Denny Hatch is the author of six books on marketing and four novels, and is a direct marketing writer, designer and consultant. His latest book is “Write Everything Right!” Visit him at

The idea that Microsoft, Intel, Google and IBM have banded together to figure out how to deal with the information overload they made—the glut of e-mail, instant messaging and cell phoning that we’re all drowning

With names like Eons, Rezoom, Multiply, Maya's Mom, Boomj and Boomertown, a host of new social-networking sites is seeking to capitalize on the growing spending power and computer savvy of aging baby boomers.

By Phil Minix, senior vice president of catalog and tours marketing at Reiman Publications Let's face it: We've gotten spoiled by the fact that we can count on our staffs to answer calls promptly, take phone orders efficiently, easily process Web orders, ship products to customers in a timely fashion and have the merchandise arrive in good condition. Since the processes often run so smoothly, we sometimes take them for granted. But should we? Here are six suggestions on things we could be doing — as an industry — to make customers' experiences more enjoyable and rewarding, and to ensure they

With Paul Barbagallo In June, freelance copywriter Robert Lerose was named "America's Greatest Thinker" after winning the 2004 Great American Think-Off competition in Minnesota. To enter, contestants submit a 750-word essay stating their position; four finalists are chosen, who then must argue their case in front of a live audience. This year's topic: "Should Same-Sex Marriages Be Prohibited?" Lerose was awarded the title and a check for $500. Lerose has scribed control packages for Institutional Investor, KCI Communications and Panel Publishers. He now pauses to reflect on his copywriting mentor, boring, product-centered copy and the lasting impression of Mother Jones. PB:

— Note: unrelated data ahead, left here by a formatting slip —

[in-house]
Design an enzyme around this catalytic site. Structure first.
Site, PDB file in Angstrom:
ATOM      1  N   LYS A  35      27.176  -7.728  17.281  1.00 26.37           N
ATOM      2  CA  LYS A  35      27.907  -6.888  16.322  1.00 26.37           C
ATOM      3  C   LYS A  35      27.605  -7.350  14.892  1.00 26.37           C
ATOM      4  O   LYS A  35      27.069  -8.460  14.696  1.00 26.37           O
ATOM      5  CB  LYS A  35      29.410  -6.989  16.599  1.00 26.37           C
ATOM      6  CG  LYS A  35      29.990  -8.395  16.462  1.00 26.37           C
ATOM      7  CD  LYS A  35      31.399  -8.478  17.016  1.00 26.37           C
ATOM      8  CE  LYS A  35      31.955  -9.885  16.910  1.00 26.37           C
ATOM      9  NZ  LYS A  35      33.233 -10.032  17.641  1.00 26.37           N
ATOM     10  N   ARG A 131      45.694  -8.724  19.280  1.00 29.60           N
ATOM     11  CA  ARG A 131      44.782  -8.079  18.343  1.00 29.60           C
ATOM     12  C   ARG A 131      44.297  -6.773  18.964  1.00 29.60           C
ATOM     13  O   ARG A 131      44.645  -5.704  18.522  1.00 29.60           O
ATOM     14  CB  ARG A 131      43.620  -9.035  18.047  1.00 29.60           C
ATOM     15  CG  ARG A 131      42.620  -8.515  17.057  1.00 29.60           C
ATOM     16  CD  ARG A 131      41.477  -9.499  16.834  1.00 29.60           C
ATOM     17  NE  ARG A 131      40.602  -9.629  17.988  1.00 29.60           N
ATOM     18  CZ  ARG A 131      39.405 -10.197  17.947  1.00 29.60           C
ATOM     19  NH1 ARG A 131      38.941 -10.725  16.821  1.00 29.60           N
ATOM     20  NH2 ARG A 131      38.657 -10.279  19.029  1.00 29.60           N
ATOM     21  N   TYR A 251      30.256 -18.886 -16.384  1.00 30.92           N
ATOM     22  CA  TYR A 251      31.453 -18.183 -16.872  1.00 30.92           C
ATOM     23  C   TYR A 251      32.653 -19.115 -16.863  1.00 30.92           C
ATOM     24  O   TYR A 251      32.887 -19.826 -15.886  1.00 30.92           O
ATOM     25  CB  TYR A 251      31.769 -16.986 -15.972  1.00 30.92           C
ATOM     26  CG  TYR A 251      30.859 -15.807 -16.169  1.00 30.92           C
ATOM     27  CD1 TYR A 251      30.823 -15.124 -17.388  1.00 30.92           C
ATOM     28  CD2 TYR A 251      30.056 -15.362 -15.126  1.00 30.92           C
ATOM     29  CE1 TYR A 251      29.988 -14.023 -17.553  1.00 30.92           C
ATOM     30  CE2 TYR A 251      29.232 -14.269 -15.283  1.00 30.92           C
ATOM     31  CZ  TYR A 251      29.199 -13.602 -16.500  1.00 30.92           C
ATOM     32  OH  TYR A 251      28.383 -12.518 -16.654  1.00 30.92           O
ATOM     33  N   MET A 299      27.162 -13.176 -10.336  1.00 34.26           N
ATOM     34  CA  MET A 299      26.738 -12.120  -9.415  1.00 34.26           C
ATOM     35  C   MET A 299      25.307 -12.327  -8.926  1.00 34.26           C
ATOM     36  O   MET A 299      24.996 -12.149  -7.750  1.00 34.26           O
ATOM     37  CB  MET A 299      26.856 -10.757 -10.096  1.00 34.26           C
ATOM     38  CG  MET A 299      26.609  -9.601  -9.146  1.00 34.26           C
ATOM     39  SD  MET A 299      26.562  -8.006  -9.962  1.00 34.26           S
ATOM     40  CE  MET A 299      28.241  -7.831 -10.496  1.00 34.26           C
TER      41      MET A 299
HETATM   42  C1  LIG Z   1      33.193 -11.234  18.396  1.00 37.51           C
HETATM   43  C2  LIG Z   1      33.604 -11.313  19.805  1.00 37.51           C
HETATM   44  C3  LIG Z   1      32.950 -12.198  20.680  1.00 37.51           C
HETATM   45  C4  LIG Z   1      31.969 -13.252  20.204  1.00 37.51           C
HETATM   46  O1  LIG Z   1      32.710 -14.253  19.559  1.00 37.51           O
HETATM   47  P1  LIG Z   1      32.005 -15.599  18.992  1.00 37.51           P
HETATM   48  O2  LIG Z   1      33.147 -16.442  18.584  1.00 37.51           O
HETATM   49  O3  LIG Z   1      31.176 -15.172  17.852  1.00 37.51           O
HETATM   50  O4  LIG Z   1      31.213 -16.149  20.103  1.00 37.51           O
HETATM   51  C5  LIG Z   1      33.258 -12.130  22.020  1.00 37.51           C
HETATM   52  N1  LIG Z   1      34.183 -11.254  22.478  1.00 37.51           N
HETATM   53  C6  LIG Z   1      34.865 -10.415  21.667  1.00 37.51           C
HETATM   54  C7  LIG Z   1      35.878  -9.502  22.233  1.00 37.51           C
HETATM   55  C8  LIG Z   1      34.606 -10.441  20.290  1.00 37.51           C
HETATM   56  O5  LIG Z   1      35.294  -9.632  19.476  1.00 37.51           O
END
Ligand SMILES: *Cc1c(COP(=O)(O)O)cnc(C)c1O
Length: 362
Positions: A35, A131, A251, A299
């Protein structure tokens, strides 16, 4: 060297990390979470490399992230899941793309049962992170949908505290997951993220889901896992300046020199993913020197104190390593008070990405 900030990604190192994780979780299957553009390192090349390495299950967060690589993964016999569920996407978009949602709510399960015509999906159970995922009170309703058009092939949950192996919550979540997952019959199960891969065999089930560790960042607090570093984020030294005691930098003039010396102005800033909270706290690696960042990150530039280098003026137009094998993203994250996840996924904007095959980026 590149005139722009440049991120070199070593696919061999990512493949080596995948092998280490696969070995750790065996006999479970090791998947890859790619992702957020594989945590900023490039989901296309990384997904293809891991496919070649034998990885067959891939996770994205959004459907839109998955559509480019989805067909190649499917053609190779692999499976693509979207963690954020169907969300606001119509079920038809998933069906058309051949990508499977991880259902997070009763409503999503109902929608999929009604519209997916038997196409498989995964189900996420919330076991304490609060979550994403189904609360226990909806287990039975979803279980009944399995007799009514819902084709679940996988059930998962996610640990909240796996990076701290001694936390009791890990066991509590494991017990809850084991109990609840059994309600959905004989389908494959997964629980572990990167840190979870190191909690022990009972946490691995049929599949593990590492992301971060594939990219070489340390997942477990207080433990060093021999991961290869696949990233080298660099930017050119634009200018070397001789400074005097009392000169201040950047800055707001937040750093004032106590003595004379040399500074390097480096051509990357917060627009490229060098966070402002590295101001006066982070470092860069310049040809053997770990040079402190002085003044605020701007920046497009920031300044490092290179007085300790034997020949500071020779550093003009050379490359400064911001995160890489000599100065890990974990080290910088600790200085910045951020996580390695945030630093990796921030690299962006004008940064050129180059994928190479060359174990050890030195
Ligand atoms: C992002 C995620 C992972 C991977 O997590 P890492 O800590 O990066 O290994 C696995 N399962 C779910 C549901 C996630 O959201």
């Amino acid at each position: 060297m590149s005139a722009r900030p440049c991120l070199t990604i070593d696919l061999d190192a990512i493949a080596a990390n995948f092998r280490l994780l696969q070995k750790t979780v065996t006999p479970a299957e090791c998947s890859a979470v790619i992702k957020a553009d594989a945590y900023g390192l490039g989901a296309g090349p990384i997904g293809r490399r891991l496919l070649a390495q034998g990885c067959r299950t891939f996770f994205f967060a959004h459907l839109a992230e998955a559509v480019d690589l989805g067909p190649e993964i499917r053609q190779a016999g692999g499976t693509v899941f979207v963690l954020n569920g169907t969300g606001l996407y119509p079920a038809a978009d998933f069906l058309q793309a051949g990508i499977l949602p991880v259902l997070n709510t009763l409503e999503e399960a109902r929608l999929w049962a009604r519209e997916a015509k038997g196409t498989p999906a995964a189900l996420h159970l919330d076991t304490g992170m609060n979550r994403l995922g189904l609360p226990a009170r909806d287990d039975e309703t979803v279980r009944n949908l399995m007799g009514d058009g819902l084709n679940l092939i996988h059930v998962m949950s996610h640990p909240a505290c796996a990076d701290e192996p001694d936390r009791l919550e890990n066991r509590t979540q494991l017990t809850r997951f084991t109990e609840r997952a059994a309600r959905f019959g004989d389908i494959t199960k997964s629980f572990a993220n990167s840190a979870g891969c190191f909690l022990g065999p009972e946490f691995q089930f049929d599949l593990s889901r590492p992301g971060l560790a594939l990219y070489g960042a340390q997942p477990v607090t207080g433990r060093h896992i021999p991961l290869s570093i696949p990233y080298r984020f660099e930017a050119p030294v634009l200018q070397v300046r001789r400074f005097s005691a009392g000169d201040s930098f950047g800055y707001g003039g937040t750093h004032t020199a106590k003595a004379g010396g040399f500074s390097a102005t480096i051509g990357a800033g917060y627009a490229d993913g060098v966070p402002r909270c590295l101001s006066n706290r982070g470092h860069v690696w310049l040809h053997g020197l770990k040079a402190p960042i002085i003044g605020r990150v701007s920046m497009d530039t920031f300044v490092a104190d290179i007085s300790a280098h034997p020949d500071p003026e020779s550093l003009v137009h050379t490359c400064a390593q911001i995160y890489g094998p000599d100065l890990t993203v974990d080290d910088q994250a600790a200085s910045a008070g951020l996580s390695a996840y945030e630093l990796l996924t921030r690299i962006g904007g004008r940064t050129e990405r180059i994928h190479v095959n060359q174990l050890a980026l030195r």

By Lois K. Geller And for direct marketers that means Real Honest A year ago, we all watched a ghastly tower of smoke and dust billow out of the site that was the World Trade Center. Not long after that, a lunatic started poisoning our mail with anthrax. The news then turned to a host of institutions that lied, cheated and stole from us. Last year, I wrote a column titled "Pinocchio Was Here" (Oct. 2001) about deception in direct mail. After the events of the last 12 months, and with the economy in the tank, I want to look at this

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